Cementing itself as one of the best British offerings of the year thanks to a tour de force solo turn from Tom Hardy - whose titular labourer feels like he's been hewn straight from a block of his own beloved concrete - Steven Knight's Locke (2013) harks back to the bygone era of the one-person show. With only one discernible location - the interior of an expensive yet tellingly practical SUV gliding towards a date with destiny - Knight's follow-up to last year's Jason Statham revenger Hummingbird (2013) is more drive 'em up than beat 'em up. It's also utterly enraptured in the subtle drama of one perfectly ordinary man whose life begins to crumble around him after a past trespass comes back to haunt him.
Hardy's entirely deserved, rapid ascent to international stardom - poorly-received Star Trek sequels and insipid McGee spy dramas aside - has been nothing short of remarkable. Upon watching Locke, it becomes extremely difficult indeed to picture any other character actor of his ilk in the driving seat, such is the control that Hardy exerts upon what could have been a bland, monologue-heavy role. Great praise should also be extended to Knight, whose previous as a renowned screenwriter for the likes of Stephen Frears (Dirty Pretty Things) and David Cronenberg (Eastern Promises) clearly held him in good stead when he hit upon the idea to direct an 89-minute feature shot almost exclusively on the dusky M6. Fortunately, Knight's steadfast devotion to his film's core conceit pays dramatic dividends from first minute to last.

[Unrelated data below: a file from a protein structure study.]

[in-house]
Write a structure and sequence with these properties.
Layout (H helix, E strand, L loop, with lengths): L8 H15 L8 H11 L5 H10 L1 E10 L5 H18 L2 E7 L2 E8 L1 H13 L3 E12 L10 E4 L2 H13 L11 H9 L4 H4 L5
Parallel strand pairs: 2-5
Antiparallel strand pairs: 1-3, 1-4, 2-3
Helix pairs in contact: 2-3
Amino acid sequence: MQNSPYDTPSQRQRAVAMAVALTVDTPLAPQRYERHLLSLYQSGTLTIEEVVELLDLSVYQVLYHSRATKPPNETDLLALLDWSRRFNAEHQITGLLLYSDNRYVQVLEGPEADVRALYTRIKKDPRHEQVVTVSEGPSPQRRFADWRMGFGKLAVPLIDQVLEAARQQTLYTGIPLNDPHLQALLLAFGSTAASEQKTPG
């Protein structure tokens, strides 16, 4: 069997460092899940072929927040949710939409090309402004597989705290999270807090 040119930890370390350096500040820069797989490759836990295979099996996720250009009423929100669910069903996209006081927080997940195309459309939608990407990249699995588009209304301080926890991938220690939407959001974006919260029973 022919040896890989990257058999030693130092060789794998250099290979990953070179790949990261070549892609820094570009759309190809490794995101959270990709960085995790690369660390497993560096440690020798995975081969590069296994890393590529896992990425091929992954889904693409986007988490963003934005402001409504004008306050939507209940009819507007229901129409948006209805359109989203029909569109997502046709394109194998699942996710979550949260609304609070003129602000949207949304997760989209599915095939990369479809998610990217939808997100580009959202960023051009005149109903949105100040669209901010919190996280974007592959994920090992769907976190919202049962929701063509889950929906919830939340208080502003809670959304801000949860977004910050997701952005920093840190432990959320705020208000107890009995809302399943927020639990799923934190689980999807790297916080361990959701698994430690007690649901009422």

With more than a little of the late, great Richard Burton about him, Hardy's Welsh lilt does at times veer towards the hard shoulder, but this is one of several minor flaws easily forgiven when you take into consideration what he and Knight have quite miraculously achieved. Following on from his back-breaking performance as burly Batman antagonist Bane, the British star transforms himself into a snot-ridden, even snivelling shell of a once-sturdy man, brought to the edges of despair by one moment of emotional frailty (a fact that visibly disgusts him). As such, Locke never shies away from from thrusting 21st concepts of masculinity into the full glare of the high beams, exposing its morally complex protagonist at his most vulnerable before triumphantly rebuilding him from the foundations upwards. Don't miss it.